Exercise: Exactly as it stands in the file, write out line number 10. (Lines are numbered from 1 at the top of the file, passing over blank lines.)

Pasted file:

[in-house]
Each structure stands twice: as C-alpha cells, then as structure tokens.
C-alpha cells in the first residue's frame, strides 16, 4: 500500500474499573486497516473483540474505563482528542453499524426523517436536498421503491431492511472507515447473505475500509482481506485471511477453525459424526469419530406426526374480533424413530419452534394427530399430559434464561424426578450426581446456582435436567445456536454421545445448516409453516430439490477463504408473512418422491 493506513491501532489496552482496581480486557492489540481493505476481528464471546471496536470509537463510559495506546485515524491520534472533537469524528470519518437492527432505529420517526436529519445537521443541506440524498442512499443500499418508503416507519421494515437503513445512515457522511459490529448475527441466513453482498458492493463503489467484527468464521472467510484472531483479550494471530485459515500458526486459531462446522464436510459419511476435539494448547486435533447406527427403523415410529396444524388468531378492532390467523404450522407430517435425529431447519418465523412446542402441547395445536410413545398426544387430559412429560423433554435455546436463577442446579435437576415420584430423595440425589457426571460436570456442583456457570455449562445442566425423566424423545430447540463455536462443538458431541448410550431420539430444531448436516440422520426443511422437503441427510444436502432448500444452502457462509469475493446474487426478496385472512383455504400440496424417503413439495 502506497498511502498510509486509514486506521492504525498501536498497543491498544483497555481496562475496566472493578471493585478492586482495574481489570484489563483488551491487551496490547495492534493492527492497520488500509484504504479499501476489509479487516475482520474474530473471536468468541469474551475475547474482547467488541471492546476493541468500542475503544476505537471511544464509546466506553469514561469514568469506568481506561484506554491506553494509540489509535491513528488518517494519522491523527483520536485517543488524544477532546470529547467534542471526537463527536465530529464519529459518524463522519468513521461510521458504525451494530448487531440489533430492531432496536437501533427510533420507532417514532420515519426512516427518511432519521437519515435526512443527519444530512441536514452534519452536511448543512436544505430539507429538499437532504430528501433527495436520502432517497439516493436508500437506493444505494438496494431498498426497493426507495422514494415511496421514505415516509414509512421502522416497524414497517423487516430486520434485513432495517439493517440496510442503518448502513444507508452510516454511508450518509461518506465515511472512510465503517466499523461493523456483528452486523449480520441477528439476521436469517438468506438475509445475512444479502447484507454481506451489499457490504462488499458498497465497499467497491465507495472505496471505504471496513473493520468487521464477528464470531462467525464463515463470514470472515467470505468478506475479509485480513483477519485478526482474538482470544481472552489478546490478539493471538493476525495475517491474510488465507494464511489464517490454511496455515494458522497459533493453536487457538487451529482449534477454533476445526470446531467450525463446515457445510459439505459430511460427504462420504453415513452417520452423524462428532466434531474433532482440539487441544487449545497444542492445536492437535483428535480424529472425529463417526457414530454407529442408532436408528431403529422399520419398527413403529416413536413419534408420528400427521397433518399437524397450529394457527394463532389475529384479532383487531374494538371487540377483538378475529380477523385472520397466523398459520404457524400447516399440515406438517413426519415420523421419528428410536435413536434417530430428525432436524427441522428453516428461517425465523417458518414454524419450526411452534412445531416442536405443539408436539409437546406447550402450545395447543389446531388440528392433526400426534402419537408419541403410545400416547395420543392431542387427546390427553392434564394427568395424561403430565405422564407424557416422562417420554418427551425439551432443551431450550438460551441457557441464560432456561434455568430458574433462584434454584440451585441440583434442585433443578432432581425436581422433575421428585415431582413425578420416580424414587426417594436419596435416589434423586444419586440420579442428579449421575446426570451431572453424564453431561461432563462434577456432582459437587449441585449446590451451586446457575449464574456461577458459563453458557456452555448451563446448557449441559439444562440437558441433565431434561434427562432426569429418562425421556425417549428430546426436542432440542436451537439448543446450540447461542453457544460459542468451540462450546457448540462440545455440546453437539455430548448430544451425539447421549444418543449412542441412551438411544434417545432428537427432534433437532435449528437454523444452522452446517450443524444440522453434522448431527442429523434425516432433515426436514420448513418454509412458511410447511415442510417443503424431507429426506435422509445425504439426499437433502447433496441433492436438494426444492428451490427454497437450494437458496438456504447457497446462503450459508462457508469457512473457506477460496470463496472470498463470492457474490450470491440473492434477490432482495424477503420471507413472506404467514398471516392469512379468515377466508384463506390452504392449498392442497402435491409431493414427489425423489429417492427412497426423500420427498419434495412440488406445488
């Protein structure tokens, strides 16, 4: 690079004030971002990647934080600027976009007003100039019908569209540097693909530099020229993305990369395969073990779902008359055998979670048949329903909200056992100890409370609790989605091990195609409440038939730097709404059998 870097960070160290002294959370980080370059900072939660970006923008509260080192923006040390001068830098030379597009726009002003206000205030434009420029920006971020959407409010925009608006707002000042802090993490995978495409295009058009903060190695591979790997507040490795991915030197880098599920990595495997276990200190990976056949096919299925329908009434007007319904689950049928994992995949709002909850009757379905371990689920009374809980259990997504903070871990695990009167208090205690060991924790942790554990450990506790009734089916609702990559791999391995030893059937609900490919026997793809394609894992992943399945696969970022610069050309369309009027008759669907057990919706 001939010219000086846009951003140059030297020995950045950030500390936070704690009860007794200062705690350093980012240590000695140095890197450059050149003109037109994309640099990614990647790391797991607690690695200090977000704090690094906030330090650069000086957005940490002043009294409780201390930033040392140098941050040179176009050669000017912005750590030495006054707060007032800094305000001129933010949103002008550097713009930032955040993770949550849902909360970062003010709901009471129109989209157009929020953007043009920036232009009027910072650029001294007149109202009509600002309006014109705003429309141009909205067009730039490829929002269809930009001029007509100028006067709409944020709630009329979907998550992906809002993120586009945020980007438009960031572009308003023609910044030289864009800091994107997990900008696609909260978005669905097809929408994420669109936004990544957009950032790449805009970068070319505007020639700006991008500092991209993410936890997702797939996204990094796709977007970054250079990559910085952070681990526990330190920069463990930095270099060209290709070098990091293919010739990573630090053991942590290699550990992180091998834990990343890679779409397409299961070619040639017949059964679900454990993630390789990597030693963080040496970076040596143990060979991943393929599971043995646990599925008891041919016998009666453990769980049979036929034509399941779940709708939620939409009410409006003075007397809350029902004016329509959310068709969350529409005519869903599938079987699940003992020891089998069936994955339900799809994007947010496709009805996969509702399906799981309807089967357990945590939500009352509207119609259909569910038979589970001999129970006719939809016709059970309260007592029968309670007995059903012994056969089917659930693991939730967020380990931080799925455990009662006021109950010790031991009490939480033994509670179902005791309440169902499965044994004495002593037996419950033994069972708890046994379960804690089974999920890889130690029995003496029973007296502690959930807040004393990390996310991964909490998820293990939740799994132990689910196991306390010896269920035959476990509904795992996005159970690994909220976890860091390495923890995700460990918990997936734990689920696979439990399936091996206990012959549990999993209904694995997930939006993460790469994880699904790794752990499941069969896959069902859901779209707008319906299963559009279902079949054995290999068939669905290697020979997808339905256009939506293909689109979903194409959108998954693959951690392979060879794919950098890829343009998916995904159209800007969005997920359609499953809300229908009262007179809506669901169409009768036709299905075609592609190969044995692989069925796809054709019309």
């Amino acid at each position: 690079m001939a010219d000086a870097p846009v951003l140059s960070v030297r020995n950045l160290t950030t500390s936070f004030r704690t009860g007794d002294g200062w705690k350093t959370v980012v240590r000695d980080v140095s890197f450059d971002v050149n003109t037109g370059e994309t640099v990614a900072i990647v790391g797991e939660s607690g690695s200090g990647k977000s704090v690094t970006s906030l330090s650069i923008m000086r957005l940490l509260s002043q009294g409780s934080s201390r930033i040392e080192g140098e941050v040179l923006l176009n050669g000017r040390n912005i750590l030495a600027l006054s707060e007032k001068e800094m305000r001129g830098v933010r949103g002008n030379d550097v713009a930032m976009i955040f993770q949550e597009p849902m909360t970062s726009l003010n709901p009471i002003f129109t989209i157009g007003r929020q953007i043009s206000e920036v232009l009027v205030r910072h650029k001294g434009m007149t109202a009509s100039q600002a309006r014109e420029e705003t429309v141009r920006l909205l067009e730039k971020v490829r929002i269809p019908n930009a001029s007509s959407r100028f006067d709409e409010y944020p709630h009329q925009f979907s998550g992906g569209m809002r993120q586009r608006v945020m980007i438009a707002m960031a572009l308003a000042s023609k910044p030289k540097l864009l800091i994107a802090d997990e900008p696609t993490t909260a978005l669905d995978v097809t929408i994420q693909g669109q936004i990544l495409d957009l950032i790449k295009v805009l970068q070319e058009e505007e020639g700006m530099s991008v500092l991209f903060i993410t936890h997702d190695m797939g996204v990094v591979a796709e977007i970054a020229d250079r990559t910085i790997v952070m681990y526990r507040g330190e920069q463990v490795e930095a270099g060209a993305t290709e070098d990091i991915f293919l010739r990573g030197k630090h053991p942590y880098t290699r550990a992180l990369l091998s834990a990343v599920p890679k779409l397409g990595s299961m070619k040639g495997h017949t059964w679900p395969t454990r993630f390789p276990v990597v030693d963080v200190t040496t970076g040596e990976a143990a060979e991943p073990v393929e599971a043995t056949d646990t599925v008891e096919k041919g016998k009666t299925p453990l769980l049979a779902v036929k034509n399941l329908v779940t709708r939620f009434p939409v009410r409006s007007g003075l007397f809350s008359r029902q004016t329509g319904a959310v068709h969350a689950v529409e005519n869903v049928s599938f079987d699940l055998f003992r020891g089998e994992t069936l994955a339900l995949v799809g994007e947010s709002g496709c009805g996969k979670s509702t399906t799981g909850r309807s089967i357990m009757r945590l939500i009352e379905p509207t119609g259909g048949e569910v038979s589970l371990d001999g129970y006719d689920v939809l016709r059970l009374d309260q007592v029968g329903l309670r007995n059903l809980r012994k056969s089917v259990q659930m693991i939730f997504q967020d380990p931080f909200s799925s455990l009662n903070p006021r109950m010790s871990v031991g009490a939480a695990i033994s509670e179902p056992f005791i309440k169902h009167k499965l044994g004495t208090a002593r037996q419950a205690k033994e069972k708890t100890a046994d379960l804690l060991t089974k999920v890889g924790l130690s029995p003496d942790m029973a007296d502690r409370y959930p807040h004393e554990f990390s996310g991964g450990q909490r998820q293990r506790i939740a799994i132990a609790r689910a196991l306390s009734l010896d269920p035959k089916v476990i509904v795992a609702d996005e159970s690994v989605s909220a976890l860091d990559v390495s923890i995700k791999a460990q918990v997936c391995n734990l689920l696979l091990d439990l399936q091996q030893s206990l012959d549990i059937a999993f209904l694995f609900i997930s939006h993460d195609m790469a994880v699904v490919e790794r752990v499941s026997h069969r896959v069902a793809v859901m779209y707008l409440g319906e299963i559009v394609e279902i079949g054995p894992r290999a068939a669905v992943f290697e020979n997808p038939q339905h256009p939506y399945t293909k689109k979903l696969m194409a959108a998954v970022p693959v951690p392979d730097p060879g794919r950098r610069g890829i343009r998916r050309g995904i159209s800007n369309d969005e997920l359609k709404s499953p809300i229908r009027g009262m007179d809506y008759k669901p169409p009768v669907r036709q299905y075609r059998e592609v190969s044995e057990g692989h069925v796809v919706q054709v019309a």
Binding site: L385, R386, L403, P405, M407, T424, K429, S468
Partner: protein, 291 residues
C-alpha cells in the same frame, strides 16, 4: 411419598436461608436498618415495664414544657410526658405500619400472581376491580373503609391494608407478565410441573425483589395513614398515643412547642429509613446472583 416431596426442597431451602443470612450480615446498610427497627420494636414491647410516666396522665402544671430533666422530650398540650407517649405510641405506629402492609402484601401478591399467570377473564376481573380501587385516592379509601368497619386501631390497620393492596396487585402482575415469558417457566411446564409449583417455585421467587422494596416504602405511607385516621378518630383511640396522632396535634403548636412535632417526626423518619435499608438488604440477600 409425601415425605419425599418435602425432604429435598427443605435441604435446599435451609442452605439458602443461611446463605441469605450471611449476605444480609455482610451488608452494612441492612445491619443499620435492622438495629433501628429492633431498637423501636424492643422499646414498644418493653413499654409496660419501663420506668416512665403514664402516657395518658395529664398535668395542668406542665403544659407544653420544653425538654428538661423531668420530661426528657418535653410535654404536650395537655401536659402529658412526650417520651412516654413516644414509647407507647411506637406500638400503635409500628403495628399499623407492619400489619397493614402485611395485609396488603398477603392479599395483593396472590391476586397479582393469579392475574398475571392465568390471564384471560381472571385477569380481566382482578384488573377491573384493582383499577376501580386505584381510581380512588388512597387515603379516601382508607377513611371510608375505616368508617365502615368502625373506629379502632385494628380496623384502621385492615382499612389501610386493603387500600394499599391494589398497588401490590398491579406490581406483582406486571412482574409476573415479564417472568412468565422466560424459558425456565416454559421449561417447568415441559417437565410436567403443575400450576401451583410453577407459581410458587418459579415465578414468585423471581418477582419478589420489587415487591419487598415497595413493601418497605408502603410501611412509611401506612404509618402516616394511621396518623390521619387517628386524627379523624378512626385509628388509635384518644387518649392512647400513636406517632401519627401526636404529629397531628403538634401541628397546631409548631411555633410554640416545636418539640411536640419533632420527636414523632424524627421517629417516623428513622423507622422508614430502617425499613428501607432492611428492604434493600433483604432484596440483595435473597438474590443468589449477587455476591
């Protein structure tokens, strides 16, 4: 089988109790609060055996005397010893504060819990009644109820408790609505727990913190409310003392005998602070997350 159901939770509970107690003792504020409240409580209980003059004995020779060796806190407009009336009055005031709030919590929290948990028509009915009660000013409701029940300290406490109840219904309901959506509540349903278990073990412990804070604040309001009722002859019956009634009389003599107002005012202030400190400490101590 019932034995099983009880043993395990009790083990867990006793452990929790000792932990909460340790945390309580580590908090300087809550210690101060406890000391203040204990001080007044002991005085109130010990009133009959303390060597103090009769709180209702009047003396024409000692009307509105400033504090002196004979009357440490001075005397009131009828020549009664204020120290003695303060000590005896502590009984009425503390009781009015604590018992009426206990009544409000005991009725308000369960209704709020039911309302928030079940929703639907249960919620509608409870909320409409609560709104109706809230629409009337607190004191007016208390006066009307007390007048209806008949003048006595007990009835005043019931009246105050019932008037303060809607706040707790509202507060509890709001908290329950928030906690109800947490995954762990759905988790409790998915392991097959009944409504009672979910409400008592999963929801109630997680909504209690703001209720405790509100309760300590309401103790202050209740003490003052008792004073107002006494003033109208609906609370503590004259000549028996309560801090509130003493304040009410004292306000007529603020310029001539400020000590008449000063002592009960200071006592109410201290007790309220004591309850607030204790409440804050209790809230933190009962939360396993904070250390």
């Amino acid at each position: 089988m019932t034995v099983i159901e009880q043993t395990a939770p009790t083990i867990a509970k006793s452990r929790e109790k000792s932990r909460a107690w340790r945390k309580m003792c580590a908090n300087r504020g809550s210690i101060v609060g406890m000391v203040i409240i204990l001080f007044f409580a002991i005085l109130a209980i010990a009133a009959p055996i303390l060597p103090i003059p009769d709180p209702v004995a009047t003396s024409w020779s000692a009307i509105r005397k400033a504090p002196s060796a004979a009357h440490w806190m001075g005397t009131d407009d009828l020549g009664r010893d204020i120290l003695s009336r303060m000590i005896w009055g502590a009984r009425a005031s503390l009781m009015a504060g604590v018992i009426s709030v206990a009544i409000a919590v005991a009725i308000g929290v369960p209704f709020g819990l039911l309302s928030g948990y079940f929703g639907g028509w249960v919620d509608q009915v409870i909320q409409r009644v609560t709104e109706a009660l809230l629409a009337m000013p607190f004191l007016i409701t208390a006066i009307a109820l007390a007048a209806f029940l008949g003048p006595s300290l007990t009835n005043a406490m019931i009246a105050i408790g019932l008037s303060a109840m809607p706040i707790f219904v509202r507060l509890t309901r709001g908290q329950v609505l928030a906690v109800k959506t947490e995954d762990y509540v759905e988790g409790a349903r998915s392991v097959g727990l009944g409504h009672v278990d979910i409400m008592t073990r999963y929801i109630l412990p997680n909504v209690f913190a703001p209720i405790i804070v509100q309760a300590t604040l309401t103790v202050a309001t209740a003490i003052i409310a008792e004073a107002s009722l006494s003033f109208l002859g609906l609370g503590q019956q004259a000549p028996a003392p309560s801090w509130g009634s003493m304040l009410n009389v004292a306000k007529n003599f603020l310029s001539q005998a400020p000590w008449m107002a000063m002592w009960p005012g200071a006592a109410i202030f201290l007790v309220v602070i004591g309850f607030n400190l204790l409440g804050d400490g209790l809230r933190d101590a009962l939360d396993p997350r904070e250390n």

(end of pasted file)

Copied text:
């Amino acid at each position: 089988m019932t034995v099983i159901e009880q043993t395990a939770p009790t083990i867990a509970k006793s452990r929790e109790k000792s932990r909460a107690w340790r945390k309580m003792c580590a908090n300087r504020g809550s210690i101060v609060g406890m000391v203040i409240i204990l001080f007044f409580a002991i005085l109130a209980i010990a009133a009959p055996i303390l060597p103090i003059p009769d709180p209702v004995a009047t003396s024409w020779s000692a009307i509105r005397k400033a504090p002196s060796a004979a009357h440490w806190m001075g005397t009131d407009d009828l020549g009664r010893d204020i120290l003695s009336r303060m000590i005896w009055g502590a009984r009425a005031s503390l009781m009015a504060g604590v018992i009426s709030v206990a009544i409000a919590v005991a009725i308000g929290v369960p209704f709020g819990l039911l309302s928030g948990y079940f929703g639907g028509w249960v919620d509608q009915v409870i909320q409409r009644v609560t709104e109706a009660l809230l629409a009337m000013p607190f004191l007016i409701t208390a006066i009307a109820l007390a007048a209806f029940l008949g003048p006595s300290l007990t009835n005043a406490m019931i009246a105050i408790g019932l008037s303060a109840m809607p706040i707790f219904v509202r507060l509890t309901r709001g908290q329950v609505l928030a906690v109800k959506t947490e995954d762990y509540v759905e988790g409790a349903r998915s392991v097959g727990l009944g409504h009672v278990d979910i409400m008592t073990r999963y929801i109630l412990p997680n909504v209690f913190a703001p209720i405790i804070v509100q309760a300590t604040l309401t103790v202050a309001t209740a003490i003052i409310a008792e004073a107002s009722l006494s003033f109208l002859g609906l609370g503590q019956q004259a000549p028996a003392p309560s801090w509130g009634s003493m304040l009410n009389v004292a306000k007529n003599f603020l310029s001539q005998a400020p000590w008449m107002a000063m002592w009960p005012g200071a006592a109410i202030f201290l007790v309220v602070i004591g309850f607030n400190l204790l409440g804050d400490g209790l809230r933190d101590a009962l939360d396993p997350r904070e250390n």